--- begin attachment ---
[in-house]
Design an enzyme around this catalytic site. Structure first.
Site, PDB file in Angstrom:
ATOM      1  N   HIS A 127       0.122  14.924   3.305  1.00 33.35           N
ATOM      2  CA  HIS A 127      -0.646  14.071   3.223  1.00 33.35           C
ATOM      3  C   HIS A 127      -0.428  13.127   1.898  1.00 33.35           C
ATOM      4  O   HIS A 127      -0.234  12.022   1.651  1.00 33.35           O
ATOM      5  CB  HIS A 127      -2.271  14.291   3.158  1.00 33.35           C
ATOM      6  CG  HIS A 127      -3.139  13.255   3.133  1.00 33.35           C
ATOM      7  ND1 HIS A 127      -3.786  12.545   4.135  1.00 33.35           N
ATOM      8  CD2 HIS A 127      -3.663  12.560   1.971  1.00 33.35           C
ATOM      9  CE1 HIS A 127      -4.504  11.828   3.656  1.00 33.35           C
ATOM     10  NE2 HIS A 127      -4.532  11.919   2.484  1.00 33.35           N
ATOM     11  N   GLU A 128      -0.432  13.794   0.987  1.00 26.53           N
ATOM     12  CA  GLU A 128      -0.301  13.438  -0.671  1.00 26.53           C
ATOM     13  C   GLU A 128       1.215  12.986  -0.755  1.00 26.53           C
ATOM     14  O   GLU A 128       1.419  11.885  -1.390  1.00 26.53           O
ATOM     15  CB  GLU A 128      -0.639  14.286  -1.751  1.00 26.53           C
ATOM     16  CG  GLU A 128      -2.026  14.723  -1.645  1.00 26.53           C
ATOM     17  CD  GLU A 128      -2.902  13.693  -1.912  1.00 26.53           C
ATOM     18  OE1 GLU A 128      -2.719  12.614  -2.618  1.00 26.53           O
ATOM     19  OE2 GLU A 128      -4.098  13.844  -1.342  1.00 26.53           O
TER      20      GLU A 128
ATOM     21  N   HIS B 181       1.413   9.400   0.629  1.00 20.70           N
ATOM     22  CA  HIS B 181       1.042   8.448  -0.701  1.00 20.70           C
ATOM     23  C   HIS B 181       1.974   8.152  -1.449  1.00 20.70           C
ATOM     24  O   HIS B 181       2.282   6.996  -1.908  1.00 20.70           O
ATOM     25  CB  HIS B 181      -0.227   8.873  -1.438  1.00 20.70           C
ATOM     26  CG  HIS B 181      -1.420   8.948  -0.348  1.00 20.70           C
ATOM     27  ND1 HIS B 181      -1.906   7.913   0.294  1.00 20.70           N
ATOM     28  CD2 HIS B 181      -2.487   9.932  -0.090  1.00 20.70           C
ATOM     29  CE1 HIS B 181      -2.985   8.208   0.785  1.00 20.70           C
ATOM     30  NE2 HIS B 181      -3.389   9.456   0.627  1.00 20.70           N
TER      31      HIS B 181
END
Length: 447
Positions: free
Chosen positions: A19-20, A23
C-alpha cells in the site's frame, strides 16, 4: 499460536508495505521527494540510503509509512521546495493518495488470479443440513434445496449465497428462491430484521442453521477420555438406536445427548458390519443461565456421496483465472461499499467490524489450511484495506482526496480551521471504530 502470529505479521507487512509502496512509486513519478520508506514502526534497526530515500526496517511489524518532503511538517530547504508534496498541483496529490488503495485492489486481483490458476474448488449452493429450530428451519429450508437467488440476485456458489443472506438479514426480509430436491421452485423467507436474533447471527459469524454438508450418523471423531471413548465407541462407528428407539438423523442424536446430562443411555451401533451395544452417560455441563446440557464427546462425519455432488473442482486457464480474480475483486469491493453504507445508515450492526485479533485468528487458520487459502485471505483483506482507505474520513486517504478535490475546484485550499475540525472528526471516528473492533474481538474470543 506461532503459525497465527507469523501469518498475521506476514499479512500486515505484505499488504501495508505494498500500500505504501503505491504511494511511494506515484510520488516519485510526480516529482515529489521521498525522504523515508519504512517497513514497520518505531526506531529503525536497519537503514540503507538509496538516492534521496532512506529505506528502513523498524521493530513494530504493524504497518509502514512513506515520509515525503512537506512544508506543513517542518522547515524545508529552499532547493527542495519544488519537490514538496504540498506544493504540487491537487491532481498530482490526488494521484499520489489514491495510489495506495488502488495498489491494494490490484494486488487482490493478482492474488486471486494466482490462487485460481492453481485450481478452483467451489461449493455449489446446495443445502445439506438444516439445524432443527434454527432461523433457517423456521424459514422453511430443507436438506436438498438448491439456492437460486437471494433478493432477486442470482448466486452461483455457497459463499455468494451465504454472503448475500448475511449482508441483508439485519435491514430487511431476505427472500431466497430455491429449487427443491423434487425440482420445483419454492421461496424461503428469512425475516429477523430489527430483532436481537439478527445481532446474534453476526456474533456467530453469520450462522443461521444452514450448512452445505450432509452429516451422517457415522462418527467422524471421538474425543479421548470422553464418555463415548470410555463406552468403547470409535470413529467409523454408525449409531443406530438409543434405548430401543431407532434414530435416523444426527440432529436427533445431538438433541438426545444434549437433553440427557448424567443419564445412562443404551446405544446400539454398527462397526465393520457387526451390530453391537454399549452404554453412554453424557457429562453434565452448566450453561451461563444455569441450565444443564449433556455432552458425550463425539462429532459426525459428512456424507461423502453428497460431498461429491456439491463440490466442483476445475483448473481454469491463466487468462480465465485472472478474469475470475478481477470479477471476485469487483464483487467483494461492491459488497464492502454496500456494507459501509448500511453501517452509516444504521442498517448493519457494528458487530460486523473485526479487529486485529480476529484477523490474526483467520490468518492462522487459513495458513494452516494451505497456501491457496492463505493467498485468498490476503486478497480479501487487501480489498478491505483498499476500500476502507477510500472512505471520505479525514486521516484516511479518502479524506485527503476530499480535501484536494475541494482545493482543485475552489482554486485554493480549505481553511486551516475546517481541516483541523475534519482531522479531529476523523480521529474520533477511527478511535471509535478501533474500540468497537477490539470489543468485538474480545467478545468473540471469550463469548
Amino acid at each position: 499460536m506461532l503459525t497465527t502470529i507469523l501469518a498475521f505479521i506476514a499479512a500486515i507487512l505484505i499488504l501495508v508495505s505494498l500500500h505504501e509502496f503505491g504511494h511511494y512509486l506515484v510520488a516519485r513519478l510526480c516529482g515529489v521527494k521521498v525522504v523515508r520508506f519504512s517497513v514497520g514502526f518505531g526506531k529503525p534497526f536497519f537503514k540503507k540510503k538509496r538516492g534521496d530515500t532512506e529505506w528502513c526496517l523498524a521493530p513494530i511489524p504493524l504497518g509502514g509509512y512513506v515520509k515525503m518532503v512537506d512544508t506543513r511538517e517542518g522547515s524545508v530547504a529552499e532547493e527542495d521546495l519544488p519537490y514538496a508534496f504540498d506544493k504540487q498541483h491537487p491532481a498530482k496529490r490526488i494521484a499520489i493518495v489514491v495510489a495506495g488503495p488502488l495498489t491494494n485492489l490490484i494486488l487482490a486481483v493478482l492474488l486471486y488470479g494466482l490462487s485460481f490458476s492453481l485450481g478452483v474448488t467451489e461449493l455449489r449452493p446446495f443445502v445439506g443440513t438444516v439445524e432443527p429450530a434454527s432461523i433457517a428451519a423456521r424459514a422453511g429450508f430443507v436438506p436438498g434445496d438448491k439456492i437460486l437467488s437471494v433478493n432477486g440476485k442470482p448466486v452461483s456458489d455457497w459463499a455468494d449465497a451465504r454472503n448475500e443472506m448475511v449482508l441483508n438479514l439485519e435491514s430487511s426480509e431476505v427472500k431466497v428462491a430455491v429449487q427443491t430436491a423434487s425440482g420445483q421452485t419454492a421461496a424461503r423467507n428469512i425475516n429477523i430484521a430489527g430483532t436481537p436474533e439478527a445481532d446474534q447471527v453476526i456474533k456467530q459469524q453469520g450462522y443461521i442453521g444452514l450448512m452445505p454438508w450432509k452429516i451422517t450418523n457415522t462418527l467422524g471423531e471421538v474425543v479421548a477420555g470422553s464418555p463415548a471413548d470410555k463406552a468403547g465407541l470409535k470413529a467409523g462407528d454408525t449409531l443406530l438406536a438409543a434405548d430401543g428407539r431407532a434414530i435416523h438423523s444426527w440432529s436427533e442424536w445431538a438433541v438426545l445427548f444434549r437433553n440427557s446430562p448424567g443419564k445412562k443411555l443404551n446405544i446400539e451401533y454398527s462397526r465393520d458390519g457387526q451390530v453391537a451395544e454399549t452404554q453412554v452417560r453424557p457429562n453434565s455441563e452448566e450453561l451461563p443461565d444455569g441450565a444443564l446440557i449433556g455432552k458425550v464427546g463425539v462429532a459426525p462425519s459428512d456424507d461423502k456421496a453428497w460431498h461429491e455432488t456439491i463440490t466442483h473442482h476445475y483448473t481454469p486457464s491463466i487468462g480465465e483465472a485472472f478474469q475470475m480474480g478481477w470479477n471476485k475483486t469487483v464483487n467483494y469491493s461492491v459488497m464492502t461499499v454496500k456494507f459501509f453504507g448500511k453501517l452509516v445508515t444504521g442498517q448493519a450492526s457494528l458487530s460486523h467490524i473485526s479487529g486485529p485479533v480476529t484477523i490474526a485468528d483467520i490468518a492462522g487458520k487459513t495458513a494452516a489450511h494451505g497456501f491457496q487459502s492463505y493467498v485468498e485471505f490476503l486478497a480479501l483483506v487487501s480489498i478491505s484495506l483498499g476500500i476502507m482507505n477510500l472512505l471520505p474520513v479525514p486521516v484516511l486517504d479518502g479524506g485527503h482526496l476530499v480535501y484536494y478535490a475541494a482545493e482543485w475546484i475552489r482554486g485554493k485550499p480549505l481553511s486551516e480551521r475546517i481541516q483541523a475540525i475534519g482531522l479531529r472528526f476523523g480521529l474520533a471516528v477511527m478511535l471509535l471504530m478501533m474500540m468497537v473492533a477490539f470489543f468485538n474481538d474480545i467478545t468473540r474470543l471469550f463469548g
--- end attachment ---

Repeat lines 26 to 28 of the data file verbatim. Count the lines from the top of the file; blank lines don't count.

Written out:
ATOM     23  C   HIS B 181       1.974   8.152  -1.449  1.00 20.70           C
ATOM     24  O   HIS B 181       2.282   6.996  -1.908  1.00 20.70           O
ATOM     25  CB  HIS B 181      -0.227   8.873  -1.438  1.00 20.70           C